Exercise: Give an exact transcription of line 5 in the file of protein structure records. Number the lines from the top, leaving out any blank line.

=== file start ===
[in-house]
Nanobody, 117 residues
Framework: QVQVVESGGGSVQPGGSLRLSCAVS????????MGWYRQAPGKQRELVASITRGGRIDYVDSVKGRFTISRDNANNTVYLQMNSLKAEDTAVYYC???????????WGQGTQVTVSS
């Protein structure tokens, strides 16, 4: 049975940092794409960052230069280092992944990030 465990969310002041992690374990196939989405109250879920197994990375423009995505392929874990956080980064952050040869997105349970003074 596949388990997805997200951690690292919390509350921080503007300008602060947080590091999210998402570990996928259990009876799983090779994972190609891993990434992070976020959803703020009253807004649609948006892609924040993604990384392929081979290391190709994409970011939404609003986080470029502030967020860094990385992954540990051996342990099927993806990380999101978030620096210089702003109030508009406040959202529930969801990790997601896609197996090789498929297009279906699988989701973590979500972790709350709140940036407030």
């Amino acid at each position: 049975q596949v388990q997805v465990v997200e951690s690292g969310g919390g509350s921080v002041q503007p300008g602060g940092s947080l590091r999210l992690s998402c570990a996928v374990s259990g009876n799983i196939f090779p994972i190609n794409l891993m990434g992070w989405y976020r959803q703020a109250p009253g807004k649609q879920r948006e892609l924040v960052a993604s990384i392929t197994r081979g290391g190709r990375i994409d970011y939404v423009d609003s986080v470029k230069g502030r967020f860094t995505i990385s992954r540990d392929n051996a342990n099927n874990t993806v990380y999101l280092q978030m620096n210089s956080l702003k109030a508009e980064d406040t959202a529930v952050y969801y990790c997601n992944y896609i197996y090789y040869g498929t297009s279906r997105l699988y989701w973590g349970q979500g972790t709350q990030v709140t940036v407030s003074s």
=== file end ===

């Amino acid at each position: 049975q596949v388990q997805v465990v997200e951690s690292g969310g919390g509350s921080v002041q503007p300008g602060g940092s947080l590091r999210l992690s998402c570990a996928v374990s259990g009876n799983i196939f090779p994972i190609n794409l891993m990434g992070w989405y976020r959803q703020a109250p009253g807004k649609q879920r948006e892609l924040v960052a993604s990384i392929t197994r081979g290391g190709r990375i994409d970011y939404v423009d609003s986080v470029k230069g502030r967020f860094t995505i990385s992954r540990d392929n051996a342990n099927n874990t993806v990380y999101l280092q978030m620096n210089s956080l702003k109030a508009e980064d406040t959202a529930v952050y969801y990790c997601n992944y896609i197996y090789y040869g498929t297009s279906r997105l699988y989701w973590g349970q979500g972790t709350q990030v709140t940036v407030s003074s």